School Library Journal calls There Is a Rainbow the “perfect pandemic book”. Can’t put it any better than that. There Is a Rainbow has starred reviews from School Library Journal and Booklist.

Posted in picture books, Preschool Reads

Books about masking up

Welp, it’s almost the end of the year and we’re still wearing masks. I remember back in April when I ordered masks for my Kiddo and I and thinking, “Geez, they’re backordered 8 weeks? By the time I get them, we won’t need masks anymore.”

So here we are, still masking up – most of us, anyway, but that’s not for me to get into here. It’s hard to explain to littles that they need to keep their masks on, sometimes for an entire school day, depending on where you are. Once again, children’s book authors have our backs. Here are a couple of new ones to help kids work it out.

We Wear Masks, by Marla Lesage, (Nov. 2020, Orca Book Publishers), $19.95, ISBN: 9781459828797

Ages 3-5

This rhyming book takes all the stress out of wearing a mask by showing kids all the people who wear masks for their work or hobbies: ranchers, who wear bandanas around their faces to keep bugs out of their noses and mouths (yuck!); jet pilots, who wear them to breathe; deep sea explorers, actors, and superheroes all wear masks! Transitioning into current events, the verse moves into “everyday heroes” wearing masks, like doctors and nurses, and how wearing a mask can be super helpful: a stinky diaper isn’t so bad when you’re wearing a mask, after all! By encouraging fun, imaginative play, finding a mask that matches one’s style, and emphasizing that we wear masks to show we care for and respect others, this is a lovely little book for younger readers. The artwork is colorful and soft, with a variety of characters wearing a variety of masks in different situations: for example, a duo uses masks with a clear area around the mouth while communicating via sign language; the picture illustrates how different masks are available to accommodate different needs. A cute story that will work nicely in storytimes. Add some fun by handing out mask coloring pages and let kids design their own. There are so many great freebies on Teachers Pay Teachers, like this super-cute mask and social distancing coloring page set, and this super-cute clip art set with animals in masks!

 

 

 

Remember to Smile, by Shannon Q. McDonald, (Aug. 2020, Independently Published), $12, ISBN: 978-0578745497

Ages 4-7

Another cute rhyming book about masks, this is all about finding a mask that fits your style: you can wear a shell mask, like a mermaid, wear a team mask to cheer on your favorite football team, and you can wear masks while hanging roasting s’mores. Just don’t let a dragon wear a mask, unless you want the whole place to burn down! It may not be fun to wear a mask all the time, but remember to smile and have fun. That’s the best thing we can do while we keep the germs away, right? A cute story, illustrated with pastels and loaded with fantasy artwork like mermaids, dragons, and unicorns, this is more about boosting your spirits and looking for the fun in the middle of the chaos. The decorate your own mask crafts I mentioned above will work really well here; encourage kids to find their style!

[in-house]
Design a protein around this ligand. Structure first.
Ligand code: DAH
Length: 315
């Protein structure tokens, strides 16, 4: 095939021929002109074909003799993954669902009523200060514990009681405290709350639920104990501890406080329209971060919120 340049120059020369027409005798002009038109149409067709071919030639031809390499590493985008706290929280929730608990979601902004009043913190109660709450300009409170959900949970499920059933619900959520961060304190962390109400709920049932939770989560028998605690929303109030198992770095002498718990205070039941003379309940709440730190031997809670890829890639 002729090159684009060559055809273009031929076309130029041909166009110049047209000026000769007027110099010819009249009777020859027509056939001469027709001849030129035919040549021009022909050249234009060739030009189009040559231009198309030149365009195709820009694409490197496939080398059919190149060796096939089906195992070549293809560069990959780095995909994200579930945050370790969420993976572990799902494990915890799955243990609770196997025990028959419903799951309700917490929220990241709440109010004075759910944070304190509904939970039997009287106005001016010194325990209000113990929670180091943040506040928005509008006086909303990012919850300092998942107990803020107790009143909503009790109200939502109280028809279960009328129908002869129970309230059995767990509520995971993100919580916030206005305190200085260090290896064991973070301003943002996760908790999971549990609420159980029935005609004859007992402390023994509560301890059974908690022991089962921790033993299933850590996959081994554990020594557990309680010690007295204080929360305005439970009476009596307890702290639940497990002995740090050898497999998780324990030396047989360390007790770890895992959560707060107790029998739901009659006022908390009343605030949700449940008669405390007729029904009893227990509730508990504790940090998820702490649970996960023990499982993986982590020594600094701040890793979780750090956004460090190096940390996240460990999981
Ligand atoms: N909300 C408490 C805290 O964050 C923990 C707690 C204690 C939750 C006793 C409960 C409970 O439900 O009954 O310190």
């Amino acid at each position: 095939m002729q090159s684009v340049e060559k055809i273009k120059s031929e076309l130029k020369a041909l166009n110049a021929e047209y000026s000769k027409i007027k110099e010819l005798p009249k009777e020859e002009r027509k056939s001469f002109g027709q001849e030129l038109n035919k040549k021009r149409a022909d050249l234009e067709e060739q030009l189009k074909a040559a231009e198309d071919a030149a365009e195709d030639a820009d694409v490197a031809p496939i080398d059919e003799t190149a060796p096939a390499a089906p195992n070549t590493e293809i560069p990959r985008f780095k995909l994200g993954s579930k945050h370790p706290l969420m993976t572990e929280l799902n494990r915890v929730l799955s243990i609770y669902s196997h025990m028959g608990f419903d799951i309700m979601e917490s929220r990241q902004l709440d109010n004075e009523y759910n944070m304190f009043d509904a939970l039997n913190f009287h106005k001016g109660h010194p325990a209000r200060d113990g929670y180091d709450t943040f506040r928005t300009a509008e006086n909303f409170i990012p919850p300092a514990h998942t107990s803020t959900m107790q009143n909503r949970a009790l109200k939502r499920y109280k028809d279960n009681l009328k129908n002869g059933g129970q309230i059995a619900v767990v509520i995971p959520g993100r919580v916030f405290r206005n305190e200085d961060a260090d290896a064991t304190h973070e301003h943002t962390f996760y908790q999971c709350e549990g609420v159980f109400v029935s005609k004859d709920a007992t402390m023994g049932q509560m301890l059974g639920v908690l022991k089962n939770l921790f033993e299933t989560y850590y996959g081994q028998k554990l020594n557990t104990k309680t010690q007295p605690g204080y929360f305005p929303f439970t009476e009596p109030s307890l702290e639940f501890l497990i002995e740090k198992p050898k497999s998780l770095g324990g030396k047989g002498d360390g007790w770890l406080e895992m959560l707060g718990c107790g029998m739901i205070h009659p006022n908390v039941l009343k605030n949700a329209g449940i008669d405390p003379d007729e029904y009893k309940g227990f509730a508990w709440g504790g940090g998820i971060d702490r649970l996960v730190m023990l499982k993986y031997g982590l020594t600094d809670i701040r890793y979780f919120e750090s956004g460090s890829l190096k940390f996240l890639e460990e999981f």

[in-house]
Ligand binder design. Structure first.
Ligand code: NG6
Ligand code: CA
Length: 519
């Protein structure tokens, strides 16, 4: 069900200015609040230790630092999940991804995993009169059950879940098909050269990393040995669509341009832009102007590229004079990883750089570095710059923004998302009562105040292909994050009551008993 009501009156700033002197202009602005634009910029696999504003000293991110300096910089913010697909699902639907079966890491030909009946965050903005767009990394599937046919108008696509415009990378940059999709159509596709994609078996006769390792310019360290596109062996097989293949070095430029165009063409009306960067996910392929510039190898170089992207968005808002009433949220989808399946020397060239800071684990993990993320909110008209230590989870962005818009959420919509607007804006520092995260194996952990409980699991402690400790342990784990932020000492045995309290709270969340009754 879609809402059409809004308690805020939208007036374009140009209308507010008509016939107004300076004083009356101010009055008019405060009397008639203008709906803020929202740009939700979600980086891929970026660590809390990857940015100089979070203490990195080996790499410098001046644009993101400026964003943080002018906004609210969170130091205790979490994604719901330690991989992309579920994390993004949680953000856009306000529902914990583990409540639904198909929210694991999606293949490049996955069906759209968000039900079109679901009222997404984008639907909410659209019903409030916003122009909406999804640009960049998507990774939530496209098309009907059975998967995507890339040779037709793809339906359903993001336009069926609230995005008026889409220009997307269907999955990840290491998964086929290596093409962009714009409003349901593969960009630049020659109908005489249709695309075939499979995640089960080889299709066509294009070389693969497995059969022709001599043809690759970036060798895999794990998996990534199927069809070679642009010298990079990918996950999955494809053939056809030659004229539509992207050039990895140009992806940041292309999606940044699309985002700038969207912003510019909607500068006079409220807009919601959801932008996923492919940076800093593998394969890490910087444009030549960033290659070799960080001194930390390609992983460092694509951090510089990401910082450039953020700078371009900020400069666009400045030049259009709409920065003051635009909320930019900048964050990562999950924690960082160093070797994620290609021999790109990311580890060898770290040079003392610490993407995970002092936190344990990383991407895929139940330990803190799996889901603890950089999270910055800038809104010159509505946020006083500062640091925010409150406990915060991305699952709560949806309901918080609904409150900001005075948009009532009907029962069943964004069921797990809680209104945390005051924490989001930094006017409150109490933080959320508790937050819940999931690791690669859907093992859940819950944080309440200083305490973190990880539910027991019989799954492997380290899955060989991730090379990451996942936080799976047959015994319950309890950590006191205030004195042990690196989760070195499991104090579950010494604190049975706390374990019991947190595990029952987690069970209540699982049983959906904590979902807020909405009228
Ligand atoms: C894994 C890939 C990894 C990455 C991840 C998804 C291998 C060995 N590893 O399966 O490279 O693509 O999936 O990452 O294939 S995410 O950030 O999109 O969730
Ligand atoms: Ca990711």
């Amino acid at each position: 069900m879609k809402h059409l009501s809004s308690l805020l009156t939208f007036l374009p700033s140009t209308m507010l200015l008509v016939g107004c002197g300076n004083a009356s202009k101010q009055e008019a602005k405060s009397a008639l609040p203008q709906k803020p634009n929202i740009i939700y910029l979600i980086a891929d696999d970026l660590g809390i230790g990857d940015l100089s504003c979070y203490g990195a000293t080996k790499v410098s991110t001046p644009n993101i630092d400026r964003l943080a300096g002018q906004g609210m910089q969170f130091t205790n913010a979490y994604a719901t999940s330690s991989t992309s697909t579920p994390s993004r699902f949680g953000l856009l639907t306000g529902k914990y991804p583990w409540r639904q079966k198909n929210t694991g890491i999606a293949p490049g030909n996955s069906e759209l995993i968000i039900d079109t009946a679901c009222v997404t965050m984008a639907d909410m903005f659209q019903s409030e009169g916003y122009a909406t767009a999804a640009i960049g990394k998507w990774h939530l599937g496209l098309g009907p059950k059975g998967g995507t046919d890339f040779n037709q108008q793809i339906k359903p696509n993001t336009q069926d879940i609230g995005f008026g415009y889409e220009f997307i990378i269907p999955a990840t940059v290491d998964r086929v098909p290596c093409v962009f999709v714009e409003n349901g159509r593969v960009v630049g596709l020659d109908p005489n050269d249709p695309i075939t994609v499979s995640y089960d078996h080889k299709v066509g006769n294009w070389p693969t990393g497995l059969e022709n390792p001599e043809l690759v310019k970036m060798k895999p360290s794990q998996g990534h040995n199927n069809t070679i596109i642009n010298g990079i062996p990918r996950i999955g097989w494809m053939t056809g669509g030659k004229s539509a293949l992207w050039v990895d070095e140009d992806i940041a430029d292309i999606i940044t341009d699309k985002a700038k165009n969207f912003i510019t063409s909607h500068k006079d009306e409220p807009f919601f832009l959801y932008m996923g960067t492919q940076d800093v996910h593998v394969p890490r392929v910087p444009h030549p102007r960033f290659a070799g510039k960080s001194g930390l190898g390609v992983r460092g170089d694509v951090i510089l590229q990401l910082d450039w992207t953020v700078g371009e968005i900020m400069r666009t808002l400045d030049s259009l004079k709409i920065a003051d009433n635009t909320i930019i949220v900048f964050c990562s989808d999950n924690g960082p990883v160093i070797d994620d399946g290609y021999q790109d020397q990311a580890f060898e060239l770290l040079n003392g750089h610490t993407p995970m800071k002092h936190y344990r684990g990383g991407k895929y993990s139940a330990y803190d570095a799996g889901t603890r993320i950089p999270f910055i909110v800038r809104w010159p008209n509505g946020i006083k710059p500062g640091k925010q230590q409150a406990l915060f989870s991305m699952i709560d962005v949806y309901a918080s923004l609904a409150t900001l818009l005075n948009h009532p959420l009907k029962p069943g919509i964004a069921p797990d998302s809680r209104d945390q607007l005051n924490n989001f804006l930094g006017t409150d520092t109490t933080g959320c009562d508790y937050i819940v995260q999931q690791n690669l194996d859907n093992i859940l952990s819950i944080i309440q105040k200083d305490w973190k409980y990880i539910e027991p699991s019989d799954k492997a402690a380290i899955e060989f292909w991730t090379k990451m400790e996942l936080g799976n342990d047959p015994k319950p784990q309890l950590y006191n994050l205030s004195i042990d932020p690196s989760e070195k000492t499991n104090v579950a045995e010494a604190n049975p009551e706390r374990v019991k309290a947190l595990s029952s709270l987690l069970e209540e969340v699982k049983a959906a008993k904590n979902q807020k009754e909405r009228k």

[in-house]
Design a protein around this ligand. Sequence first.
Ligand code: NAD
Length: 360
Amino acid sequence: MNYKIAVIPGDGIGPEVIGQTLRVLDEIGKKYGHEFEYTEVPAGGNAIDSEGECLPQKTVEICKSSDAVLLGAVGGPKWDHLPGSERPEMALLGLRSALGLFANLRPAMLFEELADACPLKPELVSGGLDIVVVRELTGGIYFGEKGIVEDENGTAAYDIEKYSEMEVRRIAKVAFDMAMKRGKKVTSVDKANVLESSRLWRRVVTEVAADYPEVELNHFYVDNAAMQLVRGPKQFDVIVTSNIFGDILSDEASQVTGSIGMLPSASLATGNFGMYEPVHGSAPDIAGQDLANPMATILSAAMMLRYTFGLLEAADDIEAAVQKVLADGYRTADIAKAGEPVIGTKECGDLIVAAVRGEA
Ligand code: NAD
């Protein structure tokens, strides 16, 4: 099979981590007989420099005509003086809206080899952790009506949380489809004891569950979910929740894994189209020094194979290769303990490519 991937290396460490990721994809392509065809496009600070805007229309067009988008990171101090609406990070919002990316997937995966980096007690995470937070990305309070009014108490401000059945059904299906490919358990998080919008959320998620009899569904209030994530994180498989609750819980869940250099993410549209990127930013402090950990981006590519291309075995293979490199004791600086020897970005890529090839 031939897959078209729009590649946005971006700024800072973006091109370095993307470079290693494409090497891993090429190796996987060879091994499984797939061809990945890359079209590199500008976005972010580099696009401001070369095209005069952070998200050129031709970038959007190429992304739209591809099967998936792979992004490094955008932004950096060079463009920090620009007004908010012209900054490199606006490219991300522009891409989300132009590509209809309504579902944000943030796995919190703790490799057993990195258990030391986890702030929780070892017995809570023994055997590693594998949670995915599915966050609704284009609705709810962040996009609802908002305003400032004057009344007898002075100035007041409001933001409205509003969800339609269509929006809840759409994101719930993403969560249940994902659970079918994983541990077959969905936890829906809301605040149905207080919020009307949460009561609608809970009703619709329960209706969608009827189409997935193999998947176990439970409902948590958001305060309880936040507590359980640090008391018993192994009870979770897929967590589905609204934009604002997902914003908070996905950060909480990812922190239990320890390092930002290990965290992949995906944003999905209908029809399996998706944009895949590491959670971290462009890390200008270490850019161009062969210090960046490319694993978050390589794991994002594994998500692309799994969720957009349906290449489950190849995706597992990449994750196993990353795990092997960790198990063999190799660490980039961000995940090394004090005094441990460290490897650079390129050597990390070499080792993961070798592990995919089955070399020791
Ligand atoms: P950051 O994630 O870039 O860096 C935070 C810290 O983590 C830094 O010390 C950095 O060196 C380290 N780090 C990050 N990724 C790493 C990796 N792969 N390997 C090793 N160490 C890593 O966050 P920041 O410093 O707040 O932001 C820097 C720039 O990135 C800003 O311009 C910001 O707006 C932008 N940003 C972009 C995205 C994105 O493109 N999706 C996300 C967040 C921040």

Remember to Smile supports the COVID-19 Relief Fund for Teachers and Students through the nonprofit organization AdoptAClassroom.org. For more information, head over to RememberToSmile.org.

Posted in Uncategorized

New York Families: You can still get remote learning devices for your children!

Hi all, figured as a New Yorker, this was the easiest way for me to get the word out and around. If you have NYC public school students, you are STILL ABLE to get a device for your kids to continue Remote Learning from home. Please read the below message from the NYC Department of Education.

The Mayor’s Office of Immigrant Affairs (MOIA) has translated information into multiple languages. Please view here.

Families that want to request a device should call DOE at 718-935-5100 and choose Option 5 on the menu for help getting a device with internet connection. Or they can fill out the Remote Learning Device Request form at https://coronavirus.schools.nyc/RemoteLearningDevices. DOE will use the contact information provided on the form to reach out to the family to schedule delivery of the device.
Everyone who fills out a request form online, with a staff member, or over the phone, will be sent follow up emails and texts.
 
  • Priority will be given to students most in need.
  • All devices are granted on a temporary basis and will later need to be returned.
  • There is a limit of one device per student. You must fill out a separate form for each student who needs a device.
  • There is no need to call the DOE or 311 to check on the status of the device.
 
PLEASE get your kids the technology they need! Be safe.